The simple response was given by Dr. Birx on April 7, 2020 on Coronavirus Task Force Briefing:

Right now, we’re still recording it, and we’ll (...) if someone dies with COVID-19, we are counting that as a COVID-19 death.

Source: WhiteHouse Briefings Statements, C-SPAN (with timeline) (kudos: @Lag)

| improve this answer | |
  • 2
    It seems you've left out this part (from the same document) "Will COVID-19 be the underlying cause? The underlying cause depends upon what and where conditions are reported on the death certificate. However, the rules for coding and selection of the underlying cause of death are expected to result in COVID19 being the underlying cause more often than not." So yea, they "more often than not", but not "always". – Fizz Apr 12 at 20:21
  • 2
    I cited officials' saying what are going to be policies in these cases. And they clearly stated - if unsure, attribute to COVID-19. – tansy Apr 12 at 20:29
  • 11
    To me, “assumed to have caused or contributed to death” is not the same as “attribute everything to ominous coronavirus”. As @DavePHD pointed out in one of his/her comments, the attribution is decided by doctors in each individual case. It is those doctor’s assumptions (based on the knowledge of the circumstances and progress of the illness) and not “the government’s” assumptions. – Hartmut Braun Apr 13 at 6:14
  • 6
    @tansy Yes the assumption will be on paper, but you claim to know generally how each doctor assumes very generously in favour of coronavirus: "In other words - if you're not certain - coronavirus, if you didn't do tests - coronavirus, if it looks similar, it must be coronavirus." This is quite a leap from "where the disease is assumed to have caused or contributed to death". – Frank Hopkins Apr 13 at 15:48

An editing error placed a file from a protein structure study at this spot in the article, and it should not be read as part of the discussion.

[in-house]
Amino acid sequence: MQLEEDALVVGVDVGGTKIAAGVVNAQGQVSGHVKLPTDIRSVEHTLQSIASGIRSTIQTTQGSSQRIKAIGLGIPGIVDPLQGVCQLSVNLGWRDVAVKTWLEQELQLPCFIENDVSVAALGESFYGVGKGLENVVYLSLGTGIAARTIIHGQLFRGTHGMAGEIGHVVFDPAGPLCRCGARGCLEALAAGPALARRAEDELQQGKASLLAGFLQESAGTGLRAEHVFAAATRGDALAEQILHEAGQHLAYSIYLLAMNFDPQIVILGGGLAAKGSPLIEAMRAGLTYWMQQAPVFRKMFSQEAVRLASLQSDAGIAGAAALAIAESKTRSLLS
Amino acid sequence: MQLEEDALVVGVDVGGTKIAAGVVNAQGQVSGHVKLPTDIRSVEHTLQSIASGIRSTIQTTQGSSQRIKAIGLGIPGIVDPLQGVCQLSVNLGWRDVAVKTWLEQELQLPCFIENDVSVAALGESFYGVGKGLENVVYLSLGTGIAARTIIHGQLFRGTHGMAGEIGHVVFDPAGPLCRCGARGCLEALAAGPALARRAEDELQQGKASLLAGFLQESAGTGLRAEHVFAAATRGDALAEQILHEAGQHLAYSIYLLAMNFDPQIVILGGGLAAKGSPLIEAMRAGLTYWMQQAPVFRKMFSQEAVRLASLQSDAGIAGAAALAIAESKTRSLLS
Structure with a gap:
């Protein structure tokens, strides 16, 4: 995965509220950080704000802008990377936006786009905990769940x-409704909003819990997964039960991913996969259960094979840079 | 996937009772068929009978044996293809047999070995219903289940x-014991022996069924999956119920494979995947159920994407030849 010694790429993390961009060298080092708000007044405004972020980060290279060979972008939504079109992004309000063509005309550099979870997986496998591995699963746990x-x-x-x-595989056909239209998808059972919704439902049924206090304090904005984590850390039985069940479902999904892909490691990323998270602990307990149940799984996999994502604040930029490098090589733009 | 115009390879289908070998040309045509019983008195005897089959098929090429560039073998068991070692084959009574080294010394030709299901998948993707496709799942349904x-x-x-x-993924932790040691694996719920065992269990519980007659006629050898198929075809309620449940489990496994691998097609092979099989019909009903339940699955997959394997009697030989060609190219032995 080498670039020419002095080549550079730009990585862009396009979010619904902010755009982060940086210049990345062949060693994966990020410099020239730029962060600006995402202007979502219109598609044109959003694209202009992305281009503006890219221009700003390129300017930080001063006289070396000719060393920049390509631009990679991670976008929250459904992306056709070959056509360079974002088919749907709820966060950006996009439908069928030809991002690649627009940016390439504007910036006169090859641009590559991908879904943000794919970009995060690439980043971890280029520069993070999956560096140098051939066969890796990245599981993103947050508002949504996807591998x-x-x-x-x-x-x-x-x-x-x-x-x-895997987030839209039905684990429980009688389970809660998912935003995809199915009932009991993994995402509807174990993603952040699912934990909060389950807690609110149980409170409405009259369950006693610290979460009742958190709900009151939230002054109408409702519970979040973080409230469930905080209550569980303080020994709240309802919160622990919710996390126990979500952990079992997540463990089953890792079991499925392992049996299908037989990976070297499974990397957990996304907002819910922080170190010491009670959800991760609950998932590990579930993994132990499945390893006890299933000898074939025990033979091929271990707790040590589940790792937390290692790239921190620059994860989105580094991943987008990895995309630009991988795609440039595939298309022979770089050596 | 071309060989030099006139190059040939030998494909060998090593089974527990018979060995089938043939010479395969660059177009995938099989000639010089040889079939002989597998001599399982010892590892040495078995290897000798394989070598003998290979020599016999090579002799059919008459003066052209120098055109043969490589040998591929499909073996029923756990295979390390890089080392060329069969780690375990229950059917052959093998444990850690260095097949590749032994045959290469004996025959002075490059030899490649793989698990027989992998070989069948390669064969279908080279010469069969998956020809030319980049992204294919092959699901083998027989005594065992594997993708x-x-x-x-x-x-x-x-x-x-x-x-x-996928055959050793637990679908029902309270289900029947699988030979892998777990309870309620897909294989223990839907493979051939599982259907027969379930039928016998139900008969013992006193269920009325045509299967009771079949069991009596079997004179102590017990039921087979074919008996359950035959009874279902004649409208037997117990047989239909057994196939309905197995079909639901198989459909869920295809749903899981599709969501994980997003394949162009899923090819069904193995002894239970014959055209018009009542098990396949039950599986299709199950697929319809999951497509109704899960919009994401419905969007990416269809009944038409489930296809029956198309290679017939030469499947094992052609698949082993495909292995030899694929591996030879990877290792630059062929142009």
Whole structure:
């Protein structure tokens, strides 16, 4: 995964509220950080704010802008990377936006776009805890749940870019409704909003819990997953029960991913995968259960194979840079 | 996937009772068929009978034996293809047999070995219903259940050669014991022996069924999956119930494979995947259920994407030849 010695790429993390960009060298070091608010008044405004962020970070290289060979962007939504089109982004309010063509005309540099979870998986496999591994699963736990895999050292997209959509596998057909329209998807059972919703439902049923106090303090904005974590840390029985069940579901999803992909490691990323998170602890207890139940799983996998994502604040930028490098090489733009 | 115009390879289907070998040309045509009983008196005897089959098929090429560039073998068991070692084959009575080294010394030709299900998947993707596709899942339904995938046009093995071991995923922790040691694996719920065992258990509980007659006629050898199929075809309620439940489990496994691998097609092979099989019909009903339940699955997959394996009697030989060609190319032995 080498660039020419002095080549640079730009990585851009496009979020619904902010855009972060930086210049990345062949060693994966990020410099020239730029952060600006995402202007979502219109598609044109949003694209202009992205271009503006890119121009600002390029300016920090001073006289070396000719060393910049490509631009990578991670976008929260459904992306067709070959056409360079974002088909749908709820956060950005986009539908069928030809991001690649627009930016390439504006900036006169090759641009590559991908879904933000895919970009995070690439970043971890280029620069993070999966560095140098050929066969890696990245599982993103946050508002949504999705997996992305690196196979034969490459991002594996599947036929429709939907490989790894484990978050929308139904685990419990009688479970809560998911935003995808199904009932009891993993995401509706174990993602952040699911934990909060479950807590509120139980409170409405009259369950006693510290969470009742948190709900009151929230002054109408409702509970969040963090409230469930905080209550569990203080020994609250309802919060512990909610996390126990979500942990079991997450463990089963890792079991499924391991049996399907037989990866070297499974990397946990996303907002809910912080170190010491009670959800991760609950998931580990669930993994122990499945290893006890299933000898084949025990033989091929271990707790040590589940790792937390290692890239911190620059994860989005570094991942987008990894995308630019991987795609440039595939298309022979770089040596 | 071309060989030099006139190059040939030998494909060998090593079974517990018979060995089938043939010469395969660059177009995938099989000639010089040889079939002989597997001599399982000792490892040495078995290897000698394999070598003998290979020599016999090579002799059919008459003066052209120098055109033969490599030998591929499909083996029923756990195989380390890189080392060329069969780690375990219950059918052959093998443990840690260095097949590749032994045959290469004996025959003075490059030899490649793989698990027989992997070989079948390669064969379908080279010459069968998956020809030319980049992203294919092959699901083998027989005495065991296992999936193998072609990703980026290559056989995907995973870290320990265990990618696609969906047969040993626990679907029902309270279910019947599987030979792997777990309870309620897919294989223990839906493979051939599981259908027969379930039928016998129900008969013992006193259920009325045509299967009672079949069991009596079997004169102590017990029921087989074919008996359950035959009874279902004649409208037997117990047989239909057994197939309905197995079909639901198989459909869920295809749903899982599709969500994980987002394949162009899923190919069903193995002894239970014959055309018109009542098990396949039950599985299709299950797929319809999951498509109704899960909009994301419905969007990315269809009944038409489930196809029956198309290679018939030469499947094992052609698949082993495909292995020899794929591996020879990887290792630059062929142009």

• 1
    Can you expand on your policeman analogy a bit? I don't see your point. The way I see it, the policeman inspects the scene of the accident, interviews the people involved and any witnesses, and uses his professional experience and judgement to decide what the most likely cause of the accident was - and his best guess, or "assumption", then goes into the police statistics. What's wrong with that? What would you suggest should be done instead? – Harry Johnston Apr 13 at 23:30
2

In the USA, a Covid19 death must be verified via testing or autopsy, which is standard for any death, before the NCHS adds the death to the official count.

In the case of Covid19, there is a new death code of U07.2 which allows for a death to be temporarily coded as a possible Covid19 death. If the death is coded U07.2, that death IS NOT included in the official death toll until such time that an autopsy or testing confirms the death is from Covid19.

The reason for this code is because Covid19 is new, hospitals can be overrun, and testing/autopsy capacity may not be able to handle the load. So, U07.2 is a temp code until the death can be correctly/officially/accurately determined.

Here's the PDF explaining U07.2

PDF

| improve this answer | |
  • Did you read the document? They don't use it (th U07.2 code), therefore it's not true that "if the death is coded U07.2, that death IS NOT included in the official death toll" as there is no such thing as U07.2 (for NCHS). It's on first page: "The WHO has provided a second code, U07.2 (...), NCHS is not planning to implement U07.2 for mortality statistics". – tansy Apr 16 at 23:21
  • I see you "read it"...now try reading and comprehending what it says and try not to cherry pick your cut and pastes. A U07.1 death is used "for mortality statistics" while code U07.2 is NOT used "for mortality statistics" UNTIL the proper verification is completed; and IF the death is confirmed, then the code will be changed to U07.1 – It's Not Really Apr 19 at 16:59

You must log in to answer this question.

Not the answer you're looking for? Browse other questions tagged .